THE FOREIGN SERVICE JOURNAL
STATE TAX PROVISIONS
Every employer, including the State Department
and the other foreign affairs agencies, is required to withhold
state taxes for the location where the employee either lives or
works. Employees serving overseas, however, must maintain
a state of domicile in the United States where they may be
liable for income tax; the consequent tax liability that the
employee faces will vary greatly from state to state.
Further, the many laws on taxability of Foreign Service pen-
sions and annuities also vary by state. This section brieflycovers both those situations. (See separate box on Tax With- holding When Assigned Domestically.)
Domi c i l e and Res i den c y
There are many criteria used in determining which state is a citi-
zen’s domicile. One of the strongest determinants is prolonged
physical presence, a standard that Foreign Service personnel fre-
quently cannot meet due to overseas service. In such cases, the
states will make a determination of the individual’s income-tax
status based on other factors, including where the individual has
family ties, has been filing resident tax returns, is registered to
vote, has a driver’s license, owns property, or has bank accounts
or other financial holdings.
In the case of Foreign Service employees, the domicile
might be the state from which the person joined the Service,
where his or her home leave address is or where he or she
intends to return upon separation. For purposes of this article,
the term “domicile” refers to legal residence; some states also
define it as permanent residence. “Residence” refers to physi-
cal presence in the state. Foreign Service personnel must con-
tinue to pay taxes to the state of domicile (or to the District of
Columbia) while residing outside of the state, including during
assignments abroad, unless the state of residence does not
Members are encouraged to review the Overseas Briefing
Center’s Guide to Residence and Domicile, available on AFSA’s
Domes t i c Emp l oye es i n t he D.C . A r ea
Foreign Service employees residing in the metropolitan Wash-
ington, D.C., area are generally required to pay income tax to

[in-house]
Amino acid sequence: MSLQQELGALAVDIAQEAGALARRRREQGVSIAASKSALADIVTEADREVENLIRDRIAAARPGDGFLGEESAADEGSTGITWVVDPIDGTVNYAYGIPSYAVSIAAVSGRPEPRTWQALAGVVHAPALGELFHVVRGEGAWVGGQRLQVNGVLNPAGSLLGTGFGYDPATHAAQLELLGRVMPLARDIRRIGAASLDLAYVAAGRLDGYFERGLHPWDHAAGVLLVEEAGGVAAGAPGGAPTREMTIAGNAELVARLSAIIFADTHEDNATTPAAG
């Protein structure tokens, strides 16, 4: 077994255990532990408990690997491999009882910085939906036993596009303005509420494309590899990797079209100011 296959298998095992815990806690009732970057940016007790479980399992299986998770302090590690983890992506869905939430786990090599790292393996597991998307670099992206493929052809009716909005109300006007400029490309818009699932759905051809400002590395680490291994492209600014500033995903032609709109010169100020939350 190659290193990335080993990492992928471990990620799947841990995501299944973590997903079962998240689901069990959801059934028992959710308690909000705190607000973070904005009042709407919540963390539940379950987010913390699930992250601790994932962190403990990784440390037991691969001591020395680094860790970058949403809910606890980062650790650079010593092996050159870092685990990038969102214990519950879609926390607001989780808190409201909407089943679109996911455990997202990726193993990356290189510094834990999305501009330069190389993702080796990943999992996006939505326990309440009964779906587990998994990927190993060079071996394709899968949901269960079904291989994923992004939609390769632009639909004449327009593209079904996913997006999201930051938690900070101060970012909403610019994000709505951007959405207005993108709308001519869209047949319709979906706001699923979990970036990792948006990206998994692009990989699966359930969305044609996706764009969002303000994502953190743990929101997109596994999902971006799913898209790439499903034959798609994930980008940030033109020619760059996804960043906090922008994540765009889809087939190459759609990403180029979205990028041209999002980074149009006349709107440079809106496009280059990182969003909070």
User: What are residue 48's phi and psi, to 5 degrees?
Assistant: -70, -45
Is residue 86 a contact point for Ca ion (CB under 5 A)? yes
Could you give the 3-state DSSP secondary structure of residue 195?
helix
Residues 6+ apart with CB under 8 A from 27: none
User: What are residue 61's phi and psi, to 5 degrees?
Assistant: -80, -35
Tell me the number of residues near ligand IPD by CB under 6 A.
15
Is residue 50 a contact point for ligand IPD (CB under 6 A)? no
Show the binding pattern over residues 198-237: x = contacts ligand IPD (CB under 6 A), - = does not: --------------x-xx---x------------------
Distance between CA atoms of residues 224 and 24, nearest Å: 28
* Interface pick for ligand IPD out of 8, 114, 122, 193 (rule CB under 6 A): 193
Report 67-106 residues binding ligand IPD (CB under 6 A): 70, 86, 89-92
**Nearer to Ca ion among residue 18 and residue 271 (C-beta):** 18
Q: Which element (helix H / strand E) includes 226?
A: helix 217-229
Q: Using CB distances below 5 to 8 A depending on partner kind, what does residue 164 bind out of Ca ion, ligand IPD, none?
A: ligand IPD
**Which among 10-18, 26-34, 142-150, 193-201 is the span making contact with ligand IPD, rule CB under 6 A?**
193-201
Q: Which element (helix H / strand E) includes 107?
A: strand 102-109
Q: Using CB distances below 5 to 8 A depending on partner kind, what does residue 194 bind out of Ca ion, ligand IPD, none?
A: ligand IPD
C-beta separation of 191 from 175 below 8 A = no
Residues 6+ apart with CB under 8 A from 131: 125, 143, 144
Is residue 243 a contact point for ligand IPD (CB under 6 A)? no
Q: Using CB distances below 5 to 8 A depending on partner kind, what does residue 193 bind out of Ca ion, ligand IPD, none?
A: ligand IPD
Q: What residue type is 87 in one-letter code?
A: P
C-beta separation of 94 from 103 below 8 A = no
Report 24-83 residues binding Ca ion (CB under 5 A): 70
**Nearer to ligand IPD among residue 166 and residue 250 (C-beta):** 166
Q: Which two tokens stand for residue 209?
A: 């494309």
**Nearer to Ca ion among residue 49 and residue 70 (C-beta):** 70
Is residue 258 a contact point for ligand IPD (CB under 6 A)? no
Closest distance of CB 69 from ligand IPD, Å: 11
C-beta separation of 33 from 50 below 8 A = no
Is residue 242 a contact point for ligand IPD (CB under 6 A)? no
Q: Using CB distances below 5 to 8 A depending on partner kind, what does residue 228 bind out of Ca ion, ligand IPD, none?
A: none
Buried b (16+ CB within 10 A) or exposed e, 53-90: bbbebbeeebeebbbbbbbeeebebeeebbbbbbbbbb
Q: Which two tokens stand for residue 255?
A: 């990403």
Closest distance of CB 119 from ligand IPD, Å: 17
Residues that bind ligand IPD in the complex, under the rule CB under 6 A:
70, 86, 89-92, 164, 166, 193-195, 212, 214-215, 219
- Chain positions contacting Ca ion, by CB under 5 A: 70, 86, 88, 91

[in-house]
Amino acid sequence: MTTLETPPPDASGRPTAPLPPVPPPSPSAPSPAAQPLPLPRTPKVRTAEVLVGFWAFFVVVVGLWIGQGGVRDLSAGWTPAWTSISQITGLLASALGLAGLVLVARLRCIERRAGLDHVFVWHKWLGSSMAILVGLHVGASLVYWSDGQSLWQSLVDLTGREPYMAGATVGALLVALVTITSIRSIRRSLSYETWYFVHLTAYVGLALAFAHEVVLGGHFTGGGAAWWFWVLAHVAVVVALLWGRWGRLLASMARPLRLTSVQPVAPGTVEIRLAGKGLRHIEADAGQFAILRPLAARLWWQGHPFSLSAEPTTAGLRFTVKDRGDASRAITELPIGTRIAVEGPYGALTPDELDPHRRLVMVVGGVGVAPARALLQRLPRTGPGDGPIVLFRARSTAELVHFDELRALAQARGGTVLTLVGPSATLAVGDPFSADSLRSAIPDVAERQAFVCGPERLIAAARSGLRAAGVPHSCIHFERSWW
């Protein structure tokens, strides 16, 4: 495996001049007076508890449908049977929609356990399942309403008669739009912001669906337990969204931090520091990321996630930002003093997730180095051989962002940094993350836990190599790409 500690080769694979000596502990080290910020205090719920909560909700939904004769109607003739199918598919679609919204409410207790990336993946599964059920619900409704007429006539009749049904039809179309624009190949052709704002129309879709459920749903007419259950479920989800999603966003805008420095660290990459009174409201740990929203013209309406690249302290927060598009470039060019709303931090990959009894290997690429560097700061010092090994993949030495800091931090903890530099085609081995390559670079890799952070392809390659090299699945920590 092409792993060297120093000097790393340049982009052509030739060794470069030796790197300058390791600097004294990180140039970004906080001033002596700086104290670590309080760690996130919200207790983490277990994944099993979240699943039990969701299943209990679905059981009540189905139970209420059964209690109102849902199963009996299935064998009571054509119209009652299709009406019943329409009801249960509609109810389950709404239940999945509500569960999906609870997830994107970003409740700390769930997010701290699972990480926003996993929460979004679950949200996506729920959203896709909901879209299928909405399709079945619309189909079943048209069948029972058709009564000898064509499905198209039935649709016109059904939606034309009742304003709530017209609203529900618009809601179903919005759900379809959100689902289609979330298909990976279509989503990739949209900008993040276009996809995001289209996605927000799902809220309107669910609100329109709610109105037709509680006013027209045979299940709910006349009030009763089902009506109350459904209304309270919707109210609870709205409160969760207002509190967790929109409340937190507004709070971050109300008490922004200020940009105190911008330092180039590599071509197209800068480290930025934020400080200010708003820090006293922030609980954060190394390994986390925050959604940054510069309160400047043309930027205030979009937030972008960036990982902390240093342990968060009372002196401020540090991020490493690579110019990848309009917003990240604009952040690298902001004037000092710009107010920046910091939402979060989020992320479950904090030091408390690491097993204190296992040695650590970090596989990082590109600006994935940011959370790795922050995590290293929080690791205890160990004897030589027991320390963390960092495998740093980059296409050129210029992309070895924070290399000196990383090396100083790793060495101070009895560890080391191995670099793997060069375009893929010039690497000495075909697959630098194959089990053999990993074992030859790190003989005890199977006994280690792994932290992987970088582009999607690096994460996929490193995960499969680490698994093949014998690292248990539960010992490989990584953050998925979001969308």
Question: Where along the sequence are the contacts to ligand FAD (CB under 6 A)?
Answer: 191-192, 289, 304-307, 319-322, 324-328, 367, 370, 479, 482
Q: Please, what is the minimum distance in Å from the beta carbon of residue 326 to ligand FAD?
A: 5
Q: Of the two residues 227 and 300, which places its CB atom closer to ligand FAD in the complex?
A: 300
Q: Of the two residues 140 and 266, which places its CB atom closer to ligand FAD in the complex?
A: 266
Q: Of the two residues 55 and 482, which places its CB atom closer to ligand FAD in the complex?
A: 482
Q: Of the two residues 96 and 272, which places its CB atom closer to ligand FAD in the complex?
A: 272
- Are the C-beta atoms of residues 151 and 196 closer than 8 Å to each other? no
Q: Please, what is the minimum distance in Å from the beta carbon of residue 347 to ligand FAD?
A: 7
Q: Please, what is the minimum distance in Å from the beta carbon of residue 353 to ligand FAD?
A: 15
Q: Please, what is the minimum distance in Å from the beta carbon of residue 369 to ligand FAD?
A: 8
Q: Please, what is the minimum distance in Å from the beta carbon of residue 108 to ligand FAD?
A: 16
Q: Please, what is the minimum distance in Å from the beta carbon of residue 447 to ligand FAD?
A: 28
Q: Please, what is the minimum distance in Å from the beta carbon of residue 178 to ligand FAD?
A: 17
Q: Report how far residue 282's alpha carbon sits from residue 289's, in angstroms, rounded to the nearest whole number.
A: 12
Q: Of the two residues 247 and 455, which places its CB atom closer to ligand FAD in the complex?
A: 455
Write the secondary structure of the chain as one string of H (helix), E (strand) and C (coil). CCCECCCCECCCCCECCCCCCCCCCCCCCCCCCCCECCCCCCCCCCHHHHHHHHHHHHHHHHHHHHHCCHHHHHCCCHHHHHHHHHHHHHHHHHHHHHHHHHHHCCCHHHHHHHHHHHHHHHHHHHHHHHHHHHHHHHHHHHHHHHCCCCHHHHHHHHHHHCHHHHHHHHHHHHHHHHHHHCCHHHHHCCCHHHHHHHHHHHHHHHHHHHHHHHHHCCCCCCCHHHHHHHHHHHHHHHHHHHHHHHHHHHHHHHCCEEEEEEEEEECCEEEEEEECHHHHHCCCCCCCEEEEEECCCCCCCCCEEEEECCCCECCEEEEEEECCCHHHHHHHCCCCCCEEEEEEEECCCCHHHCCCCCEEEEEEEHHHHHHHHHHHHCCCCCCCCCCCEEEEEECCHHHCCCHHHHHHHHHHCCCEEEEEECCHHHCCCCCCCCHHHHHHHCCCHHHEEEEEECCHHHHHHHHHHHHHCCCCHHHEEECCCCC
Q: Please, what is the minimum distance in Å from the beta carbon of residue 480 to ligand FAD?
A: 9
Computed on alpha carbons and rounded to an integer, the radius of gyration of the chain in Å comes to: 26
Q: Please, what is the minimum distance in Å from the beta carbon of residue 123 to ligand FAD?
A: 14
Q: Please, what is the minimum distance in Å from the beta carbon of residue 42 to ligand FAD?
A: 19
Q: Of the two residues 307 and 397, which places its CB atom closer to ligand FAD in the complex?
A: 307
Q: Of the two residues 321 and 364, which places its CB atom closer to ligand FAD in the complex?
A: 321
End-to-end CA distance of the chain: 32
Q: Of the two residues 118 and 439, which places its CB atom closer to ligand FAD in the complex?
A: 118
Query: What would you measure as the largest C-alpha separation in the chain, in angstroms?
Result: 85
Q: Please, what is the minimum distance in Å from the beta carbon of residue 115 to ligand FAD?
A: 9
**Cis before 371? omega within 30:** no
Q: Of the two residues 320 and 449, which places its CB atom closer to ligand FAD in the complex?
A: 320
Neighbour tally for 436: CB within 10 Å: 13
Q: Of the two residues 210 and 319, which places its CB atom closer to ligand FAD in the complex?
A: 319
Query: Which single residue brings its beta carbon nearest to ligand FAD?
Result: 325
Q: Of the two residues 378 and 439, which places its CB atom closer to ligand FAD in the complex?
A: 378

the District of Columbia, Maryland or Virginia, in addition to
paying tax to the state of their domicile.
Virginia requires tax returns from most temporary resi-
dents, as well. Most states allow a credit, however, so that the
taxpayer pays the higher tax rate of the two states, with each
state receiving a share.
We recommend that you maintain ties with your state of
domicile—by, for instance, continuing to also file tax returns in
that state if appropriate—so that when you leave the D.C. area
for another overseas assignment, you can demonstrate to the
District of Columbia, Virginia or Maryland your affiliation to
your home state.
Also, if possible, avoid using the D.C. or Dulles VA pouch zip
code as your return address on your federal return because, in
some cases, the D.C. and Virginia tax authorities have sought
back taxes from those who have used this address.
See box on page 66 for new procedures within the State
Department for state tax withholdings.
S t a t es Tha t Have No I n come Ta x
There are currently seven states with no state income tax:
Alaska, Florida, Nevada, South Dakota, Texas, Washington and
Wyoming. In addition, New Hampshire and Tennessee have
no tax on earned income, but do tax profits from the sale of
bonds and property.
S t a t es Tha t Do No t Ta x Non - Res i den t
Domi c i l i a r i es
There are 10 states that, under certain conditions, do not tax
income earned while the taxpayer is outside the state: Cali-
fornia, Connecticut, Idaho, Minnesota, Missouri, New Jersey,
New York, Oregon, Pennsylvania (but see entry for Pennsylva-
nia below) and West Virginia. The requirements for all except
California, Idaho and Oregon are that the individual should not
have a permanent “place of abode” in the state, should have
a permanent “place of abode” outside the state, and not be
physically present for more than 30 days during the tax year.
California allows up to 45 days in the state during a tax year.
All 10 states require the filing of non-resident returns for all
income earned from in-state sources. Foreign Service employ-
ees should also keep in mind that states could challenge the
status of overseas government housing in the future.
In “State Overviews” you will find brief state-by-state
information on tax liability, with addresses provided to get
further information or tax forms. Tax rates are provided where
As always, members are advised to double-check with their
state’s tax authorities. While AFSA makes every attempt to
provide the most up-to-date information, readers with specific
questions should consult a tax expert in the state in question.
We provide the website address for each in the state-by-state
guide, and an email address or link where available. Some
states do not offer email customer service.
We also recommend the Tax Foundation website at www.
taxfoundation.org, which also provides a table showing 2016
tax rates for all states.